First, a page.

Transportation & Communities Summit 2019: Passing through Safely: Design Guidance for Protected Bike Lanes at Intersections
Thursday, September 19, 2019
8:30 a.m. - 10 a.m. PDT
Portland, OR, United States
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Contextual Guidance at Intersections for Protected Bicycle Lanes
Christopher Monsere, Portland State University
Separated bike lanes have become increasingly common around the United States as cities seek to attract the new riders, including the Interested but Concerned demographic of people who want to ride but limit their riding because they do not feel comfortable riding with motor vehicle traffic. Planners and engineers are still struggling with identifying contextually appropriate, safe, and comfortable designs for intersection locations, where bicyclist paths cross the paths of turning vehicles as well as cross-traffic. This presentation summarizes the recently completed NITC project "Contextual Guidance at Intersections for Protected Bicycle Lanes" which employed a combination of user surveys and simulations to anticipate expected bicyclist and turning vehicle interactions and bicyclist comfort based on design type and volumes. Findings suggest that, of the design types tested, bicycle signals and protected intersections have the highest expected comfort.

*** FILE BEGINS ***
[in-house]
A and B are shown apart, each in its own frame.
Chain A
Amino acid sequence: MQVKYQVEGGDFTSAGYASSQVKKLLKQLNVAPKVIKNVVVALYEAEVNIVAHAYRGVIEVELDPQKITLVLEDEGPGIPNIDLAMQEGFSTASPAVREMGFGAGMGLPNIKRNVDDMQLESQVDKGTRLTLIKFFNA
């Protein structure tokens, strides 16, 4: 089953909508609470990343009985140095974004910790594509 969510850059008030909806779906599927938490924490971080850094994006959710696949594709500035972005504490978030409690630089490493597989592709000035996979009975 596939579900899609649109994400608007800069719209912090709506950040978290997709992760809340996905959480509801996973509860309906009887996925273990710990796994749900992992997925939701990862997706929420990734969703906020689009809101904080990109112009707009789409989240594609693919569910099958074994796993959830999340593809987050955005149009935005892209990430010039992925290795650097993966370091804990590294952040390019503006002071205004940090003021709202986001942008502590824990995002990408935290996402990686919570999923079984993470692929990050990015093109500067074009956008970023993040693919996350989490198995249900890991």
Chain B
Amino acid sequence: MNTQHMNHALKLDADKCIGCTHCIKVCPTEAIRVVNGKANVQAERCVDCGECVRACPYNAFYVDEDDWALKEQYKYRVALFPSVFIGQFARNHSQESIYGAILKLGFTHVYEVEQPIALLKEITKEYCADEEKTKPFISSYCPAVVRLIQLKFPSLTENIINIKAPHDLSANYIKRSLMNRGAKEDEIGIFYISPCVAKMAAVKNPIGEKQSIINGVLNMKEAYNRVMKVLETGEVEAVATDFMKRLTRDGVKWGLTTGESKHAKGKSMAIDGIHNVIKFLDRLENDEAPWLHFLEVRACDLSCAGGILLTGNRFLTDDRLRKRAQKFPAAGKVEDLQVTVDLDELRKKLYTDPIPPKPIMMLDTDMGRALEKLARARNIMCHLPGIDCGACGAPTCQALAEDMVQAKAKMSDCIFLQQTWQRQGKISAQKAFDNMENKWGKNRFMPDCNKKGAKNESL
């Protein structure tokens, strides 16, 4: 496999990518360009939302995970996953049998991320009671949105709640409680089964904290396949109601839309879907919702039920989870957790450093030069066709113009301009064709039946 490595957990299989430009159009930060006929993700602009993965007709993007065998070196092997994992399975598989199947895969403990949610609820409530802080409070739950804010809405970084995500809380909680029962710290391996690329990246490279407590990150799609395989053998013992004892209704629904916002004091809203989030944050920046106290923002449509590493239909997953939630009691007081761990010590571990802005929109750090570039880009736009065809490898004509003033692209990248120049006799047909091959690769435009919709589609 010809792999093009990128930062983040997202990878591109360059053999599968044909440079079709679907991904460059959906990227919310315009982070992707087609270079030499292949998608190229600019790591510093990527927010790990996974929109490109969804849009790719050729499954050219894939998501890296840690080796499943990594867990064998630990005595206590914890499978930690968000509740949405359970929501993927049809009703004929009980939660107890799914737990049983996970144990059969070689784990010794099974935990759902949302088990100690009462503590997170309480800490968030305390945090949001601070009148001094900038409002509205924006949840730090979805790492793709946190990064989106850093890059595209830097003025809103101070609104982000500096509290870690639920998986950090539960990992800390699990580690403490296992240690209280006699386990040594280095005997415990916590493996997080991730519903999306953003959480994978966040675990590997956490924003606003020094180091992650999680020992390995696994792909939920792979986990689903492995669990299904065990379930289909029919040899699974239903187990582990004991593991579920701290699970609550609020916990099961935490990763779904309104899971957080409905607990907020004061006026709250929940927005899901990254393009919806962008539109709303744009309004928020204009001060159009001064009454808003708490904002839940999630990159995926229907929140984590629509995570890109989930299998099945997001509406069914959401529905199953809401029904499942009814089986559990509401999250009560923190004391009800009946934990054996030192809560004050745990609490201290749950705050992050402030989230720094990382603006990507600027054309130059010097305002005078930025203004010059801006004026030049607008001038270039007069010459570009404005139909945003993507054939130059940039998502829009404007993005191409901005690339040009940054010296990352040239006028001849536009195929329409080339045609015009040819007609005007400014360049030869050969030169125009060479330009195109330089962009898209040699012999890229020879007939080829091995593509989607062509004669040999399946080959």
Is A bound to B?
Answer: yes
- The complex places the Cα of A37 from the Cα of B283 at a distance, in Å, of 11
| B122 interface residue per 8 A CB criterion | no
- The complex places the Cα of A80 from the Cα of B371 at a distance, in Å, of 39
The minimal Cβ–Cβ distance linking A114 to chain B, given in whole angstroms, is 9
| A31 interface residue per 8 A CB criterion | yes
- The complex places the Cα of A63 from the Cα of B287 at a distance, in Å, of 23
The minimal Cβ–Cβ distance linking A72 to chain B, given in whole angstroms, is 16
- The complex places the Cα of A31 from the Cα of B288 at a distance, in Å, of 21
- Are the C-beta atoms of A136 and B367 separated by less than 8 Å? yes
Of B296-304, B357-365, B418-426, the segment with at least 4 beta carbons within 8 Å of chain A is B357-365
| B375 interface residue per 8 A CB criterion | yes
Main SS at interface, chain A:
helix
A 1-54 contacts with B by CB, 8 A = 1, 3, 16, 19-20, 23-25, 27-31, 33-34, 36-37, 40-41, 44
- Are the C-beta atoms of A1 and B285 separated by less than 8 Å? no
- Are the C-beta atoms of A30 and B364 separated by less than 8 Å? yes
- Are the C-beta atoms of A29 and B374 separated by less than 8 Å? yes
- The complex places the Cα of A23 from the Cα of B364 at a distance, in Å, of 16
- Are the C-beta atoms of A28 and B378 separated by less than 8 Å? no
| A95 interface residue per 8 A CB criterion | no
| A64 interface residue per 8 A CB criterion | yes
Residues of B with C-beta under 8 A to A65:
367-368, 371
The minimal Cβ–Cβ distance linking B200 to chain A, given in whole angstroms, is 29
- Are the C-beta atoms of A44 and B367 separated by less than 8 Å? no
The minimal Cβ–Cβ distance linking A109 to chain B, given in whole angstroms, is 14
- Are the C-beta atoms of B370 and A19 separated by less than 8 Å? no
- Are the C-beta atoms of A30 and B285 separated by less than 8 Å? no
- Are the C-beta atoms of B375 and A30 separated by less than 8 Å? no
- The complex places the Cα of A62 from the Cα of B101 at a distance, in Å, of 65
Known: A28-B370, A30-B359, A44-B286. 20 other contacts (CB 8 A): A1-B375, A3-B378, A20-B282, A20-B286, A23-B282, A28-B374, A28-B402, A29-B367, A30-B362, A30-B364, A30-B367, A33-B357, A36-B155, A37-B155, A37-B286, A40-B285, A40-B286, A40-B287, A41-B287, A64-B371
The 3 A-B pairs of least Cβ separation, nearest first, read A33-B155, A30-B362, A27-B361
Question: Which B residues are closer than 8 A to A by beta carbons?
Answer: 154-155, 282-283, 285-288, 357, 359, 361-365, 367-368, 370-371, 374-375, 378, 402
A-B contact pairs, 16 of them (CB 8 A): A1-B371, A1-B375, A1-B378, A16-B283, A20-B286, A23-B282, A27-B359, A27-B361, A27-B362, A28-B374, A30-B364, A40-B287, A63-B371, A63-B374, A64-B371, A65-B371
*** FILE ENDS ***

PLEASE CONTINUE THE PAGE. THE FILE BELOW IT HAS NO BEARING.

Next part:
Safety and Nonoptimal Usage of a Protected Bicycle Intersection -- A before-and-after case study in Salt Lake City, UT
Torrey Lyons, University of Utah
Growth in bicycle trips in the US has increased the demand for infrastructure that safely integrates this mode with motorized users at intersections. Protected bicycle intersections have been implemented across the US and Canada, and the safety of these intersections is just starting to be understood. We examine a protected intersection in Salt Lake City, UT using before and after video analysis. We find changes to nonoptimal behaviors and near collisions in response to the introduction of the intersection configuration.
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